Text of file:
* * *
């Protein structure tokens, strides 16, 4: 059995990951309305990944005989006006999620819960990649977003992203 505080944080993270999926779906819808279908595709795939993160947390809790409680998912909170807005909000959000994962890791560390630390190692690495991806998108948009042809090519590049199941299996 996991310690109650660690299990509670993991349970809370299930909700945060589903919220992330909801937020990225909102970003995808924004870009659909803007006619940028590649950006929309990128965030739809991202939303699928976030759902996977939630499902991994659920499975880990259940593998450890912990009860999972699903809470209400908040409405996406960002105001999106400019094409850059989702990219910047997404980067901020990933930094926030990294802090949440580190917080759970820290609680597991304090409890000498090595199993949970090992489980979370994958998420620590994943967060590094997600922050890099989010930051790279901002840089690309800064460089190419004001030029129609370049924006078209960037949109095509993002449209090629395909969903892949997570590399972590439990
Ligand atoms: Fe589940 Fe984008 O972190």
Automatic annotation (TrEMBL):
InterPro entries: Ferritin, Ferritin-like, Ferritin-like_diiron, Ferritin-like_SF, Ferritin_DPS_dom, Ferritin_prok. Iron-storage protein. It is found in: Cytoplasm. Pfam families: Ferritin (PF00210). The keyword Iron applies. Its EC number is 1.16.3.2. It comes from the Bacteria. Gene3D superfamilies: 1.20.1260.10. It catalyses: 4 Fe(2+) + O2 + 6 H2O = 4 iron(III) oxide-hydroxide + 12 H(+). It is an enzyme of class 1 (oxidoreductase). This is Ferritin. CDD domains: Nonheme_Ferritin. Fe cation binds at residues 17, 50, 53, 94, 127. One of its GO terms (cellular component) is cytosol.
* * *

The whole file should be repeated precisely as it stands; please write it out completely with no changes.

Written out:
């Protein structure tokens, strides 16, 4: 059995990951309305990944005989006006999620819960990649977003992203 505080944080993270999926779906819808279908595709795939993160947390809790409680998912909170807005909000959000994962890791560390630390190692690495991806998108948009042809090519590049199941299996 996991310690109650660690299990509670993991349970809370299930909700945060589903919220992330909801937020990225909102970003995808924004870009659909803007006619940028590649950006929309990128965030739809991202939303699928976030759902996977939630499902991994659920499975880990259940593998450890912990009860999972699903809470209400908040409405996406960002105001999106400019094409850059989702990219910047997404980067901020990933930094926030990294802090949440580190917080759970820290609680597991304090409890000498090595199993949970090992489980979370994958998420620590994943967060590094997600922050890099989010930051790279901002840089690309800064460089190419004001030029129609370049924006078209960037949109095509993002449209090629395909969903892949997570590399972590439990
Ligand atoms: Fe589940 Fe984008 O972190």
Automatic annotation (TrEMBL):
InterPro entries: Ferritin, Ferritin-like, Ferritin-like_diiron, Ferritin-like_SF, Ferritin_DPS_dom, Ferritin_prok. Iron-storage protein. It is found in: Cytoplasm. Pfam families: Ferritin (PF00210). The keyword Iron applies. Its EC number is 1.16.3.2. It comes from the Bacteria. Gene3D superfamilies: 1.20.1260.10. It catalyses: 4 Fe(2+) + O2 + 6 H2O = 4 iron(III) oxide-hydroxide + 12 H(+). It is an enzyme of class 1 (oxidoreductase). This is Ferritin. CDD domains: Nonheme_Ferritin. Fe cation binds at residues 17, 50, 53, 94, 127. One of its GO terms (cellular component) is cytosol.